The goal of the course is to describe the genetic mechanisms underlying the transmission of Mendelian traits to identify the inheritance of diseases in humans, evaluating the reproductive risk through the study of family trees. Other objectives concern the description of the mechanisms involved in genetic recombination and their application in the building of genetic maps, the definition of the hereditary material at the molecular and chromosomal level in order to understand the concepts of normal and pathological genetic variability, and finally the application of the principles of basic population genetics applied to the identification of the proportion of individuals with specific normal or pathological genotypes in the population. These skills are preliminary to understanding the contents of more advanced courses, specific to the field.
Expected learning outcomes
At the end of the course the student will have to demonstrate that he has understood the principles of Mendelian inheritance and apply them for the calculation of reproductive risk, be able to build a family tree by distinguishing the different types of heredity, define the classes of gene and chromosomal mutations, be able to build a genetic map and calculate the distance between genes, and be able to calculate the frequency of an allelic variant or of a genotype correlated to disease in a population, evaluating the presence of healthy carriers. The student should also have understood the main strategies used for the formal demonstration of the main genetic theories.
Chromosomal basis of Inheritance: mitosis and meiosis, life cycles, sexual reproduction. Principles of Mendelian Inheritance and Statistical elaboration of the genetic data. Chromosomal Theory of Inheritance. Normal and pathological hereditary traits in Humans (blood groups, pedigree analysis). Gene functions and gene interactions, Gene complementation, Epistasis. Quantitative Traits. Genetic Linkage, Genetic recombination, Genetic Mapping. Genetics of Bacteria. Transcription in prokaryotes and eukaryotes. Translation and genetic code. DNA mutations and effects on proteins, DNA repair. Human Karyotype, variation in Chromosomal structure and number and phenotype consequences. Gene expression regulation in prokaryotes. Genetic structure of population and Effects of Evolutionary Forces. Natural selection and frequency of pathological alleles in populations. Basic principles and methodologies generating Recombinant DNA.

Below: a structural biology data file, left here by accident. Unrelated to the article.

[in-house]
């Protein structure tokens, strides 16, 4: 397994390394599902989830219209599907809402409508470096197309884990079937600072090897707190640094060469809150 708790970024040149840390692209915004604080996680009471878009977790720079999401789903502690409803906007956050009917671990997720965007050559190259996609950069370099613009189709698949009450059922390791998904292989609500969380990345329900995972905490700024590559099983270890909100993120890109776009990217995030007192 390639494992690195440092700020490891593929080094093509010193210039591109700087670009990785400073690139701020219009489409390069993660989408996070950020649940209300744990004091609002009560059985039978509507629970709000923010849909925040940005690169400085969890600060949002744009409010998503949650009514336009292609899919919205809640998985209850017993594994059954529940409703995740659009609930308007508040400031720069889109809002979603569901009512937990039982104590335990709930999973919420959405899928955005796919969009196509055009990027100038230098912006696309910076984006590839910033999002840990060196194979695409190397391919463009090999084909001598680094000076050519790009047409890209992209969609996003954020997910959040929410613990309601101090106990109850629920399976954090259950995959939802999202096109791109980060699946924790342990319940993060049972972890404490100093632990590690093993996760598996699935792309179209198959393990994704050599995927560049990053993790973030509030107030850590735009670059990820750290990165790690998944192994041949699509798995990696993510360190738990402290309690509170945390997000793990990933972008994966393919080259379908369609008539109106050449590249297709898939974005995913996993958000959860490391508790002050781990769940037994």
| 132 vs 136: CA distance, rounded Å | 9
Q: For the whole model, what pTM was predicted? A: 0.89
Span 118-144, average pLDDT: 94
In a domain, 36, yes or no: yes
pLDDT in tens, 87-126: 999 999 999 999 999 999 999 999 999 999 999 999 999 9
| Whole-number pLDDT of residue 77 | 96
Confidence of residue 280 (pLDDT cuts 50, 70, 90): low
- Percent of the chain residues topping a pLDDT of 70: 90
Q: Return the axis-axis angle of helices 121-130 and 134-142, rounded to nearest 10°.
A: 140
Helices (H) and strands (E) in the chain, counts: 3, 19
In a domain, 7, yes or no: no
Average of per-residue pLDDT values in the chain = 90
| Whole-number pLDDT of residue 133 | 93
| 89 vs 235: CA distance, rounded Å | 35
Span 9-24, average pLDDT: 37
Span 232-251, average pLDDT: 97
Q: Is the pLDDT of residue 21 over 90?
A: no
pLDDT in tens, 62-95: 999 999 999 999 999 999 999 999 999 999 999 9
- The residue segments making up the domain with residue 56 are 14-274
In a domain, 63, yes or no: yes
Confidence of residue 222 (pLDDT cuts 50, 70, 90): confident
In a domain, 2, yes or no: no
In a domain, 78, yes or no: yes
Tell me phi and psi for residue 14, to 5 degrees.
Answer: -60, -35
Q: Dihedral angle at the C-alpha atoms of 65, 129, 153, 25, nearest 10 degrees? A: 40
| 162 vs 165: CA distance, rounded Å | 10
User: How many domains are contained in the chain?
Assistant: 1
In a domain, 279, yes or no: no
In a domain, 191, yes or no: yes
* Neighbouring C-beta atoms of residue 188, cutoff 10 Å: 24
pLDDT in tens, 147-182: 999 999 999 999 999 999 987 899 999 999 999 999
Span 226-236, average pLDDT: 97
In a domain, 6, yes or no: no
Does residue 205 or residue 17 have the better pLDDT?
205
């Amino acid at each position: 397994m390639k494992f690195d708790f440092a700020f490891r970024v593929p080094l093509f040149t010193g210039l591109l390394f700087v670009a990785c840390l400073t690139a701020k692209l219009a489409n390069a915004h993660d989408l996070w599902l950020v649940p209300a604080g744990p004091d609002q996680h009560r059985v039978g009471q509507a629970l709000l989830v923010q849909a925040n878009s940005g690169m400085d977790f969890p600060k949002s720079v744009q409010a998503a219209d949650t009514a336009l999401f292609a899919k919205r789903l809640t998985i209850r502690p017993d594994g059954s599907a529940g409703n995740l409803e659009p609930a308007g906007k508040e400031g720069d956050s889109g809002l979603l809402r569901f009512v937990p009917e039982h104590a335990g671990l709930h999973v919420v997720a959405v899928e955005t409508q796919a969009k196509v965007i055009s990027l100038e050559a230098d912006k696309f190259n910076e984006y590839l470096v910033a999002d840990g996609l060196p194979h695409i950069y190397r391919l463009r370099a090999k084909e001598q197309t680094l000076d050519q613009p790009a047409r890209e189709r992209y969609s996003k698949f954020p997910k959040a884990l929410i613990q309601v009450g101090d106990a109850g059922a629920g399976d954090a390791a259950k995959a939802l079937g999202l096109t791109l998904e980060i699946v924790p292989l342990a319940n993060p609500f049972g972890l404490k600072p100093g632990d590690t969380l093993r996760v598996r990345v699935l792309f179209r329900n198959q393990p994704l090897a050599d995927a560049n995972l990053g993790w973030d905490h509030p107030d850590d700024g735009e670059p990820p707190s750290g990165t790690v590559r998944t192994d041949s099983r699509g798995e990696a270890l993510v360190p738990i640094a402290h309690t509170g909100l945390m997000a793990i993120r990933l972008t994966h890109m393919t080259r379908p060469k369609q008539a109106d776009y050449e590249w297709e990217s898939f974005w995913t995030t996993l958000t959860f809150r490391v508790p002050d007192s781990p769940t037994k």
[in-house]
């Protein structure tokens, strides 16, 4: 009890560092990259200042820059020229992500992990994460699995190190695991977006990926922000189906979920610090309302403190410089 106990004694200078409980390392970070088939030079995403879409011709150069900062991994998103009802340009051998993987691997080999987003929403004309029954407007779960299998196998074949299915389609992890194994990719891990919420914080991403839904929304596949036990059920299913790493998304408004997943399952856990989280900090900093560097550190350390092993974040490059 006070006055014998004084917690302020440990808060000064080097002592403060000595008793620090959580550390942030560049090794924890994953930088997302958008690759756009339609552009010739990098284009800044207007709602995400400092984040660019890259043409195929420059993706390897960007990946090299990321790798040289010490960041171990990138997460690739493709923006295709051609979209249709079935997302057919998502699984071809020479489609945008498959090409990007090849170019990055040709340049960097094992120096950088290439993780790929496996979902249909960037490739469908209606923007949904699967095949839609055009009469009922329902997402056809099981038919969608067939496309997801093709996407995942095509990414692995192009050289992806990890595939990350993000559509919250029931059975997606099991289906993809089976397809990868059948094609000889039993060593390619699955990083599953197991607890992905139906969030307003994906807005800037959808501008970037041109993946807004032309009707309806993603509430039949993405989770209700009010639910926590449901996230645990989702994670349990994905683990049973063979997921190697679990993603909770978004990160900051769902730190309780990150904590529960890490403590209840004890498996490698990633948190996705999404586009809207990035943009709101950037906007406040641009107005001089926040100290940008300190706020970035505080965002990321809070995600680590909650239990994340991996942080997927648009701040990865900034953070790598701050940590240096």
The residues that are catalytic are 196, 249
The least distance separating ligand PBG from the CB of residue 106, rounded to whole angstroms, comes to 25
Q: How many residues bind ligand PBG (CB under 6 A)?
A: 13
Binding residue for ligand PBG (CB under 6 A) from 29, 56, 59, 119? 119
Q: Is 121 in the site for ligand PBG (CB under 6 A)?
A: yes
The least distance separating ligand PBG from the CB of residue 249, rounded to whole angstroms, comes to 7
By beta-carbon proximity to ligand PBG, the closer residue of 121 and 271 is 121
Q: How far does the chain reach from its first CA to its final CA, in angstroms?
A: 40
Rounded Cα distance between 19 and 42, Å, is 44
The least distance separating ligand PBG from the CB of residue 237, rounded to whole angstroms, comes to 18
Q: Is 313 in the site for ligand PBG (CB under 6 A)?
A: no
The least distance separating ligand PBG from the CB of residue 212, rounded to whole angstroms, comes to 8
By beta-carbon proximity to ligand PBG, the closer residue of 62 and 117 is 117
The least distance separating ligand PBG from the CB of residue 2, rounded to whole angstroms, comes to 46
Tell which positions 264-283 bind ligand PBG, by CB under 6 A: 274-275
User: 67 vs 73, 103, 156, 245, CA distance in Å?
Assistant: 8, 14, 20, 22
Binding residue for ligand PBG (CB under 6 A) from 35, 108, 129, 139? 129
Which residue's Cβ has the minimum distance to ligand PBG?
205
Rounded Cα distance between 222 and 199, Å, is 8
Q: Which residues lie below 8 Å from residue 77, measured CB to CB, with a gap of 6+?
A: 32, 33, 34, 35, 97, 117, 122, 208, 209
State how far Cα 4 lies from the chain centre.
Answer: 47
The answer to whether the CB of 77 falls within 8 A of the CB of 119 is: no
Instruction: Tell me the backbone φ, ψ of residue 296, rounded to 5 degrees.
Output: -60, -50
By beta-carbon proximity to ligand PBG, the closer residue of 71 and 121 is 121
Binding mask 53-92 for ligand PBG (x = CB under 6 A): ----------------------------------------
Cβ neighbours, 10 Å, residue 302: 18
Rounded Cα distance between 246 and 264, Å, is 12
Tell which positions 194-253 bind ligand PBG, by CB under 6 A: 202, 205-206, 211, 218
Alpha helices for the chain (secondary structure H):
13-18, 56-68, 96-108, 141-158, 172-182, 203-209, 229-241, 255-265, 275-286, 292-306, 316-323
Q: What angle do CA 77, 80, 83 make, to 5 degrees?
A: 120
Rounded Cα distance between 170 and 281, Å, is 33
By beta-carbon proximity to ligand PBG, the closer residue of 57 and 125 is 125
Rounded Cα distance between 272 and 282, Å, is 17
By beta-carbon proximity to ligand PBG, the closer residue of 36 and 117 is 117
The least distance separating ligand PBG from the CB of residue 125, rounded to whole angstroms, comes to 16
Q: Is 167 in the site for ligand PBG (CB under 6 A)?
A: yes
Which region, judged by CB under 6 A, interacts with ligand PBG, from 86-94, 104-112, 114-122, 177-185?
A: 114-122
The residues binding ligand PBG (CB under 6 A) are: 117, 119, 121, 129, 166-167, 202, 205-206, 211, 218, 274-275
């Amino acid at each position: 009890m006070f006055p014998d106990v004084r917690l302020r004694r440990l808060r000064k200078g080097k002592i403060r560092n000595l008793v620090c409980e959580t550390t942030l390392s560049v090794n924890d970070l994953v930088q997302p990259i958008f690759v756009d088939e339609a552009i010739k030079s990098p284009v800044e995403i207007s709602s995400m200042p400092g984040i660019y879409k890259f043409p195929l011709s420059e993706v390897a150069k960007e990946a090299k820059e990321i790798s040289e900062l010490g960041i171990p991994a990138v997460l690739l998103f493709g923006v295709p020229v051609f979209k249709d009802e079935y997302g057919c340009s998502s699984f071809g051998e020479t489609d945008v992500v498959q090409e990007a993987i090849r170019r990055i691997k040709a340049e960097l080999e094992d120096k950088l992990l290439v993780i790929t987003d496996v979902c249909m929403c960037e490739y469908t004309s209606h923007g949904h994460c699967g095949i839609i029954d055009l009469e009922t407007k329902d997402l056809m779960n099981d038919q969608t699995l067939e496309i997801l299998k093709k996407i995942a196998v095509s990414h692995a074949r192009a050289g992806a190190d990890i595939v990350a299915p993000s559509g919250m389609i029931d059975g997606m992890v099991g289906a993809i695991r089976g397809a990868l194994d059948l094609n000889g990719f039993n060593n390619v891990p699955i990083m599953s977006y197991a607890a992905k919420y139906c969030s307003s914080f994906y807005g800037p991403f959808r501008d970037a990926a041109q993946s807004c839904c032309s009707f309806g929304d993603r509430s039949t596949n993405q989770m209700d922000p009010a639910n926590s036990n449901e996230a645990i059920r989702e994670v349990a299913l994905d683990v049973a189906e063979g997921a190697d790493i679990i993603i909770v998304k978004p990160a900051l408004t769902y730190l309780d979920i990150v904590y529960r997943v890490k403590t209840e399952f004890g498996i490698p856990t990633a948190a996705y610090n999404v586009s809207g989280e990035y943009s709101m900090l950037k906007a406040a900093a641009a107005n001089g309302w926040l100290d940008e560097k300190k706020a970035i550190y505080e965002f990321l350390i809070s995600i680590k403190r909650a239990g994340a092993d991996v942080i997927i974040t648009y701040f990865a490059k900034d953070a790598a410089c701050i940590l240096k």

Theoretical and Practical laboratory activities and Seminars: Frontal activities to apply analytical approaches to solving genetics problems helping a better comprehension of the concepts taught during the frontal lessons. Practical laboratory activities aimed at providing the student basic competences on a specific diagnostic methodology applied in human genetics Seminar on applications of genetics in diagnostic or in forensic field
Prerequisites for admission
No knowledge are required
Teaching methods used by the lecturers include frontal lessons, written exercises to learn genetic problem solving, practical laboratory activities, a seminar at the end of course. Teaching material will be uploaded on the Ariel website and includes pdf version of the teachers' presentations, scientific articles relevant to the covered topics, exercises, protocols for practical laboratory, videos. Attendance is compulsory.
Learning will be assessed for all the student by means an oral examination. Furthermore, all the students can take a written examination midway through the course. The final mark will be the result of the average of the written and oral examinations, where the oral examination concerns the second part of the program, with both positive evaluations. Differently the student can take only an oral examination on the whole program of the course. The in itinere written test concerns problems on Mendelian Genetics applied to plant, animal models and humans and open questions on topics covered in the first half of the course. The written examination lasts an hour. The evaluation parameters include the ability to solve genetic problems and specific knowledge of the subject, showing the ability to critically discuss each topic. The mark of the written test remains valid until the last call of September. The mark is given on a 30 points basis (grades out of thirty), the minimum passing mark is (18/30). Examination results is published in the Notice Board of the Ariel website, with the possibility to discuss the score of the test with the teacher. The oral examination concerns the discussion of theoretical topics and the ability to solve genetic problems only on the second part of the program for students who obtained a positive mark in the written test. The mark is given on a 30 points basis (grades out of thirty), the minimum passing mark is 18/30. For the students who don't obtain a positive evaluation in the written test, the oral examination concerns all the topics of the course. The evaluation parameters include the ability to solve genetic problems and specific knowledge of the subject, showing the ability to critically discuss each topic. The final mark is given on a 30 points basis (grades out of thirty), the minimum passing mark is 18/30. The final mark is given on a 30 points basis (grades out of thirty) and it is the result of the average of the marks of both the written and oral examination, if the written test has been taken with a positive evaluation. Otherwise the mark corresponds to the evaluation obtained after the oral examination on the entire course (the minimum passing mark is 18/30). Attendance is required to be allowed to take the exam.